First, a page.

Author(s): Loureno SV, Boggio P, Simonsen Nico MM, Loureno SV, Boggio P, Simonsen Nico MM
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Abstract Inflammatory myofibroblastic tumor is a rare and distinctive lesion composed of myofibroblastic cells accompanied by an inflammatory infiltration of plasma cells, lymphocytes, and eosinophils that mainly affects viscera and soft tissues of children and young adults. It clinically manifests as a mass with rapid development that may occur at almost any site of the body, but predominantly in the lungs or the upper respiratory tract. It rarely arises in the oral cavity with approximately 15 cases reported in that location. We describe a case of an inflammatory myofibroblastic tumor of the tongue, confirmed by both histopathologic and immunohistochemical analysis, occurring in a 14-year-old boy that spontaneously regressed after the surgical procedures for its diagnosis. Because of some aggressive clinical, histological, and radiological features, this lesion may be confused with a malignant tumor. Therefore, its correct recognition is important to avoid unnecessary extensive and radical therapeutic approaches.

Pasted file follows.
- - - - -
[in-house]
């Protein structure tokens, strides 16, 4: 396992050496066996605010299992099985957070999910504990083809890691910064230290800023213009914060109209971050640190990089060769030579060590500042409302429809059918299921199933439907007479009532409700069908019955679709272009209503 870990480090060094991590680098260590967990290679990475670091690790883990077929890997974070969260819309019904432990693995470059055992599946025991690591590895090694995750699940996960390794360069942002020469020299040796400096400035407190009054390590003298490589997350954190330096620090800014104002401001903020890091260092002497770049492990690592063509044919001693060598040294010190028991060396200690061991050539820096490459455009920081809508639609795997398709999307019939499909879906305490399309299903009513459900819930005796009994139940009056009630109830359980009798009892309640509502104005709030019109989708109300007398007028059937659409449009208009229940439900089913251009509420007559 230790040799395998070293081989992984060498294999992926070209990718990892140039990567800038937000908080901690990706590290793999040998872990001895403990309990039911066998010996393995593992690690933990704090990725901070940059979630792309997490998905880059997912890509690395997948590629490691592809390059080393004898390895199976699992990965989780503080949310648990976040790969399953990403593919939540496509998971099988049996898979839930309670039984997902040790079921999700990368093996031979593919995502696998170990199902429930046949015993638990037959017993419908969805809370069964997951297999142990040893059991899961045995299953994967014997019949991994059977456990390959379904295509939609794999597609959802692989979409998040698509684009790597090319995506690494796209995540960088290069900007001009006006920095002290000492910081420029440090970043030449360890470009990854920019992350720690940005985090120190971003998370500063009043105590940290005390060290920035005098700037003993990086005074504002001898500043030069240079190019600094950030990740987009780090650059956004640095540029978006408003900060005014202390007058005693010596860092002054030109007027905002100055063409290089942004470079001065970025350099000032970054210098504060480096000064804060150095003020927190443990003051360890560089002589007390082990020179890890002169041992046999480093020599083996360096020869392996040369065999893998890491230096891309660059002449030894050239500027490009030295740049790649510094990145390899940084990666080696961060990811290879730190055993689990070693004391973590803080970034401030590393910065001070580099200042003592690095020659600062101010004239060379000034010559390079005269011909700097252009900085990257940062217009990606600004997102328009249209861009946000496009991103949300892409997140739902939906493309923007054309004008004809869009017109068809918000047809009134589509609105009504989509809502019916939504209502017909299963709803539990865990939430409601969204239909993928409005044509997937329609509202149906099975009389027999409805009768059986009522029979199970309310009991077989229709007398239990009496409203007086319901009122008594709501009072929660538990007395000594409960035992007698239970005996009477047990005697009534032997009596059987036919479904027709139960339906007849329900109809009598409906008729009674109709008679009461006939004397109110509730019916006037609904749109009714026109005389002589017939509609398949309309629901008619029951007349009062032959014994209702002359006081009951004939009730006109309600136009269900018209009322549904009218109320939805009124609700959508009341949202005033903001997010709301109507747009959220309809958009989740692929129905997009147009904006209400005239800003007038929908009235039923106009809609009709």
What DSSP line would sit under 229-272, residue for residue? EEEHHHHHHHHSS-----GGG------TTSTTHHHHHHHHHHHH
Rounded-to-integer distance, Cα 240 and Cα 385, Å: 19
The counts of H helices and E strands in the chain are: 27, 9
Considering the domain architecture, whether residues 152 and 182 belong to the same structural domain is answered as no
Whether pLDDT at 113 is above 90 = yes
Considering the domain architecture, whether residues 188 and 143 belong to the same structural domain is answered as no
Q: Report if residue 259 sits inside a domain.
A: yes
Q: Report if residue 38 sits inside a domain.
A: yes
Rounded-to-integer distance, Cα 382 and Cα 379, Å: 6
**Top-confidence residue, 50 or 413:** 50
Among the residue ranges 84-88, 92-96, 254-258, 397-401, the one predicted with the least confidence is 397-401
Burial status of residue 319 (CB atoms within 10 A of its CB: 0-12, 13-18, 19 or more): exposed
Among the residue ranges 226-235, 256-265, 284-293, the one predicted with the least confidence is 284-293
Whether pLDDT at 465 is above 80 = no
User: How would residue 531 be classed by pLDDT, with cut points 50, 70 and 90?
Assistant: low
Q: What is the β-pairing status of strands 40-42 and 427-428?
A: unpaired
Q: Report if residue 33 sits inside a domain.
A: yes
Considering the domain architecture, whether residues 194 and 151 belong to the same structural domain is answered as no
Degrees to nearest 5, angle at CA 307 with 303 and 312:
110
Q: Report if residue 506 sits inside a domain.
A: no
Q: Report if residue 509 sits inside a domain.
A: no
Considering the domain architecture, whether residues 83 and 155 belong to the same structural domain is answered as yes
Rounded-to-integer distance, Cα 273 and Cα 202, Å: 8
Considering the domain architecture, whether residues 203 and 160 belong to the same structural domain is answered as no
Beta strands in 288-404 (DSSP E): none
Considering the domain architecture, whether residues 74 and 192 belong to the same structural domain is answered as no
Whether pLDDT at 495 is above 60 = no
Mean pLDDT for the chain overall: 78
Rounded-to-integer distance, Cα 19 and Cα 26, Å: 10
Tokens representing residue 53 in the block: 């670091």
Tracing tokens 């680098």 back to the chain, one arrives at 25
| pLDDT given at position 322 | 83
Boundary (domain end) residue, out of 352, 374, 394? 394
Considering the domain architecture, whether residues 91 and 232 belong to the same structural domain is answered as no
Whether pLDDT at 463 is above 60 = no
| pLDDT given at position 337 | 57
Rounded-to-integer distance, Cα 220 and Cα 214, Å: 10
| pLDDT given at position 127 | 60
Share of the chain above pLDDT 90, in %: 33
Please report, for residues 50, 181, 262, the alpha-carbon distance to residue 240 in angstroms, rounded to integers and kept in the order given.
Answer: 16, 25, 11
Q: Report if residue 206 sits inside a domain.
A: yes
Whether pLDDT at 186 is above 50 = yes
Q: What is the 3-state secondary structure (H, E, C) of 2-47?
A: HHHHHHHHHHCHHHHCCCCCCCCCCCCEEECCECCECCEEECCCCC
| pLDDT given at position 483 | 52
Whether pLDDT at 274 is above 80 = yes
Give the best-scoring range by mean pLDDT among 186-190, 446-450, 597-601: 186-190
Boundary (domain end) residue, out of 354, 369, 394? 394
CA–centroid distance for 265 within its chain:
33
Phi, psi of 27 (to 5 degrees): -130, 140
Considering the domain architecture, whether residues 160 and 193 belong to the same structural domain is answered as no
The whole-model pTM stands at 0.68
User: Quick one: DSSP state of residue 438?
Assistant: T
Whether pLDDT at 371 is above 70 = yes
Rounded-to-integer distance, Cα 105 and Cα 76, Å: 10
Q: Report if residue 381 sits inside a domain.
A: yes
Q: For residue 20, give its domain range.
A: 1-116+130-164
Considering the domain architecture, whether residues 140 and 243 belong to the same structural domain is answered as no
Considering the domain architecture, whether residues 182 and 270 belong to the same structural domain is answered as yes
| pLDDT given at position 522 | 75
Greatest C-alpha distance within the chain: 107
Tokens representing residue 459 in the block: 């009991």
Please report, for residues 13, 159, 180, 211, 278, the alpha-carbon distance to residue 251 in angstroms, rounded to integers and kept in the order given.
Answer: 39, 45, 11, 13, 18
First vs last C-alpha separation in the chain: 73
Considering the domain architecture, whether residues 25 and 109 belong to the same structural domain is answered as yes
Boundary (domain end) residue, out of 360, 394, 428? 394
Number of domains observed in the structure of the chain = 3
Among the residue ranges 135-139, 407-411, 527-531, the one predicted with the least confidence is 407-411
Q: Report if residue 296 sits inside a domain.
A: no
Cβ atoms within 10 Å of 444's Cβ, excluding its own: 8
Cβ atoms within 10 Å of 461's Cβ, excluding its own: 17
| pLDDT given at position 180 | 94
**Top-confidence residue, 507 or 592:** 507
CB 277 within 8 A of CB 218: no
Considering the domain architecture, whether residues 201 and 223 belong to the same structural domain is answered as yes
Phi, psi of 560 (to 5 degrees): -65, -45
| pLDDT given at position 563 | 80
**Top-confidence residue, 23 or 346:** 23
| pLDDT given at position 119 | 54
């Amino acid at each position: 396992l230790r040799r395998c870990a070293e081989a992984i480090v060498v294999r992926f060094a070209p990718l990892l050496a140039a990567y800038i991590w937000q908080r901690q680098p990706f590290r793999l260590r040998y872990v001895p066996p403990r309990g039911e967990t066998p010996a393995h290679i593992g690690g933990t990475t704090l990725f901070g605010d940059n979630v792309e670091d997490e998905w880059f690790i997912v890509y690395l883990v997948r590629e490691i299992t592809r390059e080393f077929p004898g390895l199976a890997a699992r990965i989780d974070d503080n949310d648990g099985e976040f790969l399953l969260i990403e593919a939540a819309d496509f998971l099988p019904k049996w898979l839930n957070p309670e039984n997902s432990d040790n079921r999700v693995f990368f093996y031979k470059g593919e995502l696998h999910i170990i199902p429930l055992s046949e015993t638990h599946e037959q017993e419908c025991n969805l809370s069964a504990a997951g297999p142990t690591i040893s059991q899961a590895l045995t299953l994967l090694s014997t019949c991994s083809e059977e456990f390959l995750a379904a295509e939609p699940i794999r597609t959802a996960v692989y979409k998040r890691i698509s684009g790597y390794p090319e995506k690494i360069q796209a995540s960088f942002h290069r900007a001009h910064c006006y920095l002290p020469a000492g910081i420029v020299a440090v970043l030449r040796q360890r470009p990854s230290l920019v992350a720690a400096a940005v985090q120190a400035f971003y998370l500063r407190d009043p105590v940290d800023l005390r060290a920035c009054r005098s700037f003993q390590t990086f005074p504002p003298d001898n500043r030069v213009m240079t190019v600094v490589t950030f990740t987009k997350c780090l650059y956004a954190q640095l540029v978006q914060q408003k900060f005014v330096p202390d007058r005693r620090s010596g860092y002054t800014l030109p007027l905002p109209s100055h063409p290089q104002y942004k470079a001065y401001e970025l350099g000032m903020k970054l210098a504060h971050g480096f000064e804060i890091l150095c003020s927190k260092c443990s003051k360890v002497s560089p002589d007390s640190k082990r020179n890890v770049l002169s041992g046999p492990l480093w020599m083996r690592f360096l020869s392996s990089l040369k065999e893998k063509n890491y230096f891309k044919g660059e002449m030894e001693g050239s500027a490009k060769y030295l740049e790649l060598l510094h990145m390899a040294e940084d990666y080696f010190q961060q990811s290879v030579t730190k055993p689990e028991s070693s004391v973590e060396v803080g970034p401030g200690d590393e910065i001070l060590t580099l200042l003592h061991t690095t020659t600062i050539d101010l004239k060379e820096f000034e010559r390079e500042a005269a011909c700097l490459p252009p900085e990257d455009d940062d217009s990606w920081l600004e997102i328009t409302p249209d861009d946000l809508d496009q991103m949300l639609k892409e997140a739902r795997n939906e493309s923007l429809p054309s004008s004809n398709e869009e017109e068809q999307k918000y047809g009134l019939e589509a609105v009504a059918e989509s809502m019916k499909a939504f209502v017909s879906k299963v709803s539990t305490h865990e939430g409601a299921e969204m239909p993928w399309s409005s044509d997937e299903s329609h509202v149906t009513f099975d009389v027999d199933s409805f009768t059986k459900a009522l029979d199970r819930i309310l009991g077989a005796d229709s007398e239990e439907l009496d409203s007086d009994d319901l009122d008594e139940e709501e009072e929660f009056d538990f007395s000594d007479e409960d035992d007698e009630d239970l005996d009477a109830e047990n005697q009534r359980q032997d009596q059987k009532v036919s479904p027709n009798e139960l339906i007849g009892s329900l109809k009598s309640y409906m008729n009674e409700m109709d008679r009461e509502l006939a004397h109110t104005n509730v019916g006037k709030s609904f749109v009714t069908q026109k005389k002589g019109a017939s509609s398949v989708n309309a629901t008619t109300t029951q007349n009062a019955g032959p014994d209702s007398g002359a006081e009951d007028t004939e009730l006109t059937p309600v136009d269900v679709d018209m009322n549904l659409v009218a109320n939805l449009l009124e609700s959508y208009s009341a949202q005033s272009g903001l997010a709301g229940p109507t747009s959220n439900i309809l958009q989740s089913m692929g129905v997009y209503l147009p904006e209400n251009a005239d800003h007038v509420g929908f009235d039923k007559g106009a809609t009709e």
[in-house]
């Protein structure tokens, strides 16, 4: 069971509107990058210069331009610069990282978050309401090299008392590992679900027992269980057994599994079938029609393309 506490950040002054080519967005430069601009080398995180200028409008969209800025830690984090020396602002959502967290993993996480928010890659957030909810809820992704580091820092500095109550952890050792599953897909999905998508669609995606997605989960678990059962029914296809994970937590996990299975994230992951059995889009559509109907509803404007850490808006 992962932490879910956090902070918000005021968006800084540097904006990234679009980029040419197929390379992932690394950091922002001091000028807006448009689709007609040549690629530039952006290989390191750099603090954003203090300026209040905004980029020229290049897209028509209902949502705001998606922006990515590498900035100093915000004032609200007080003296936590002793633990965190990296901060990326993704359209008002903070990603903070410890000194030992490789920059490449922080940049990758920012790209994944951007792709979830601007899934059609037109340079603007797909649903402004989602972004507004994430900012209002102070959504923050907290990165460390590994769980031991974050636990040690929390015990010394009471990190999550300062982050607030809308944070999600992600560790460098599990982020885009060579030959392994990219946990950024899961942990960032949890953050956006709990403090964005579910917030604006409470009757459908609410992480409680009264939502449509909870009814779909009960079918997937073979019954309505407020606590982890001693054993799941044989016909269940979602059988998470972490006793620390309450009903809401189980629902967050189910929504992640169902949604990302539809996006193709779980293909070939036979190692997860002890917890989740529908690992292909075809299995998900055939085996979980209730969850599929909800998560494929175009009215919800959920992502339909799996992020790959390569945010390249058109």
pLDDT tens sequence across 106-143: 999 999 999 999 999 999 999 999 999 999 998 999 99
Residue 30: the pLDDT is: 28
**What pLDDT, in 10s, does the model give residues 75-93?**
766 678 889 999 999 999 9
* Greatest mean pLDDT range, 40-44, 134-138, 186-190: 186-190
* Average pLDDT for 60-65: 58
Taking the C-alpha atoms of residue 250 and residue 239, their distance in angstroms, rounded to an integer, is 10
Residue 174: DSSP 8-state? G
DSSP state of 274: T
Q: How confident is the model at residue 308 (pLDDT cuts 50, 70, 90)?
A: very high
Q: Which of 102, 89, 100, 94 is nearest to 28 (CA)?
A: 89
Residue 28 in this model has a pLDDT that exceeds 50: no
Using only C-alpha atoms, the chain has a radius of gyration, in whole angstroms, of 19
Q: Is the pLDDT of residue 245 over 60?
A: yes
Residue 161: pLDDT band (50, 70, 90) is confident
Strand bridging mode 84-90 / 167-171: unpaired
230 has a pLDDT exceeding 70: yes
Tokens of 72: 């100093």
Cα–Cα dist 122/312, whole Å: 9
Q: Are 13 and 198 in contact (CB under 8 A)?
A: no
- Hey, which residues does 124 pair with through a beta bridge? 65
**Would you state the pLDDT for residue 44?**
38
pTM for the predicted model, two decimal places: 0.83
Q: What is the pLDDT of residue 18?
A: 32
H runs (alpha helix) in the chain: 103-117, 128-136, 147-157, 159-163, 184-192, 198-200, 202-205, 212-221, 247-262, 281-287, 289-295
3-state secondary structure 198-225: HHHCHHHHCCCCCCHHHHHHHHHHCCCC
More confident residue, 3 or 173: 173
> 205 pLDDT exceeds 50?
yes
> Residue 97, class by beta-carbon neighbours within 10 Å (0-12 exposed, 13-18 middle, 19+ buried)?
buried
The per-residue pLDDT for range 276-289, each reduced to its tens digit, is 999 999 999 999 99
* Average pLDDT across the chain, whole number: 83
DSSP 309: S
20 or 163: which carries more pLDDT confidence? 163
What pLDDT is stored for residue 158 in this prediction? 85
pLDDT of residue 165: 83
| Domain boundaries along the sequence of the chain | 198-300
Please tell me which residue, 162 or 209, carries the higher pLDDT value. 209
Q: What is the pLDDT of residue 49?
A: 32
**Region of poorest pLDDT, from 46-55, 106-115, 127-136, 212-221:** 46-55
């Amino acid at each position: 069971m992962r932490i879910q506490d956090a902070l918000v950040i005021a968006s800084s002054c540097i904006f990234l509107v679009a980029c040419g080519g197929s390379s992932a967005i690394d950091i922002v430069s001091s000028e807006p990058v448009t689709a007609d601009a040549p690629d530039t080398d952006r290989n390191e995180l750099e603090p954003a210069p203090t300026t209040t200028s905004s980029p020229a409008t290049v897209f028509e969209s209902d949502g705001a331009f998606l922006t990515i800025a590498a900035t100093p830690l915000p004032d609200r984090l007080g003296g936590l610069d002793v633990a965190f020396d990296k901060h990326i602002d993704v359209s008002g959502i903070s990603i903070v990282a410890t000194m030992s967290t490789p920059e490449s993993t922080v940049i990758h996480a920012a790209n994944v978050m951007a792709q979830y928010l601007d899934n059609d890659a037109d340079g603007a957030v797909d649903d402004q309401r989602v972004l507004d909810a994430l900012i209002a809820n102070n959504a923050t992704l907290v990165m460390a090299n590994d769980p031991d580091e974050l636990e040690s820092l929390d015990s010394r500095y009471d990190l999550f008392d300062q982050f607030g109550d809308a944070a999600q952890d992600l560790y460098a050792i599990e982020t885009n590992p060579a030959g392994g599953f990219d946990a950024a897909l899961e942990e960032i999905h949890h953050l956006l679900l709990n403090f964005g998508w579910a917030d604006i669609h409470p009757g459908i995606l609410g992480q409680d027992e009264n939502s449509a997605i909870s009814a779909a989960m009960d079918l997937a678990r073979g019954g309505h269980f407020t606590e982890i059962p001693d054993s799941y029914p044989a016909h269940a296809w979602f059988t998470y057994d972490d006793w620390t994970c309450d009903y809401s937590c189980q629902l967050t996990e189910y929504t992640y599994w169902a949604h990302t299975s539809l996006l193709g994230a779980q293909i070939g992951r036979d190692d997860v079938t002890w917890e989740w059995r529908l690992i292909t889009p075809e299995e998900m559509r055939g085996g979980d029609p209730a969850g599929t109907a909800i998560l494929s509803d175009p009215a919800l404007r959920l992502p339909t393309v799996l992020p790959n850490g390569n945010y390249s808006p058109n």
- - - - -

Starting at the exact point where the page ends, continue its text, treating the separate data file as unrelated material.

This article was published in Dermatol Online J
and referenced in Oral Health Case Reports